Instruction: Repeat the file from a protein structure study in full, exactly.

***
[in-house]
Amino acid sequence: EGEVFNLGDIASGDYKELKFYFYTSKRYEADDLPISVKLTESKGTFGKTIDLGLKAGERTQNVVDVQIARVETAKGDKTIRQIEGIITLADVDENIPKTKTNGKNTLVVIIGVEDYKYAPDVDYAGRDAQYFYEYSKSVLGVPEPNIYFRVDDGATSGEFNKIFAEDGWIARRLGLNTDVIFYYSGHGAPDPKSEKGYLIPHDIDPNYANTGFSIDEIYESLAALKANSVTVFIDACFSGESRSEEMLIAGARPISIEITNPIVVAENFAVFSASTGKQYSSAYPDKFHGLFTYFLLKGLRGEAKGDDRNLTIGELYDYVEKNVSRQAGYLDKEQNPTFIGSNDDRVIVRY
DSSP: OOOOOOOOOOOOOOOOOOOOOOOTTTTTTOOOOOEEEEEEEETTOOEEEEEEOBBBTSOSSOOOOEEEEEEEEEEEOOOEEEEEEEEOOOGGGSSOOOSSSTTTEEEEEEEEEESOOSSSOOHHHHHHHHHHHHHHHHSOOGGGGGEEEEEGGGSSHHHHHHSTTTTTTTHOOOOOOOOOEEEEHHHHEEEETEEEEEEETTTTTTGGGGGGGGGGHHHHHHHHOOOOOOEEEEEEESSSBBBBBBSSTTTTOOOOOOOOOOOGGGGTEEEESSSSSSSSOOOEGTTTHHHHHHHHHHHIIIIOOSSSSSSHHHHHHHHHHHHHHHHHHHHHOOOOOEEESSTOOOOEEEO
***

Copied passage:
[in-house]
Amino acid sequence: EGEVFNLGDIASGDYKELKFYFYTSKRYEADDLPISVKLTESKGTFGKTIDLGLKAGERTQNVVDVQIARVETAKGDKTIRQIEGIITLADVDENIPKTKTNGKNTLVVIIGVEDYKYAPDVDYAGRDAQYFYEYSKSVLGVPEPNIYFRVDDGATSGEFNKIFAEDGWIARRLGLNTDVIFYYSGHGAPDPKSEKGYLIPHDIDPNYANTGFSIDEIYESLAALKANSVTVFIDACFSGESRSEEMLIAGARPISIEITNPIVVAENFAVFSASTGKQYSSAYPDKFHGLFTYFLLKGLRGEAKGDDRNLTIGELYDYVEKNVSRQAGYLDKEQNPTFIGSNDDRVIVRY
DSSP: OOOOOOOOOOOOOOOOOOOOOOOTTTTTTOOOOOEEEEEEEETTOOEEEEEEOBBBTSOSSOOOOEEEEEEEEEEEOOOEEEEEEEEOOOGGGSSOOOSSSTTTEEEEEEEEEESOOSSSOOHHHHHHHHHHHHHHHHSOOGGGGGEEEEEGGGSSHHHHHHSTTTTTTTHOOOOOOOOOEEEEHHHHEEEETEEEEEEETTTTTTGGGGGGGGGGHHHHHHHHOOOOOOEEEEEEESSSBBBBBBSSTTTTOOOOOOOOOOOGGGGTEEEESSSSSSSSOOOEGTTTHHHHHHHHHHHIIIIOOSSSSSSHHHHHHHHHHHHHHHHHHHHHOOOOOEEESSTOOOOEEEO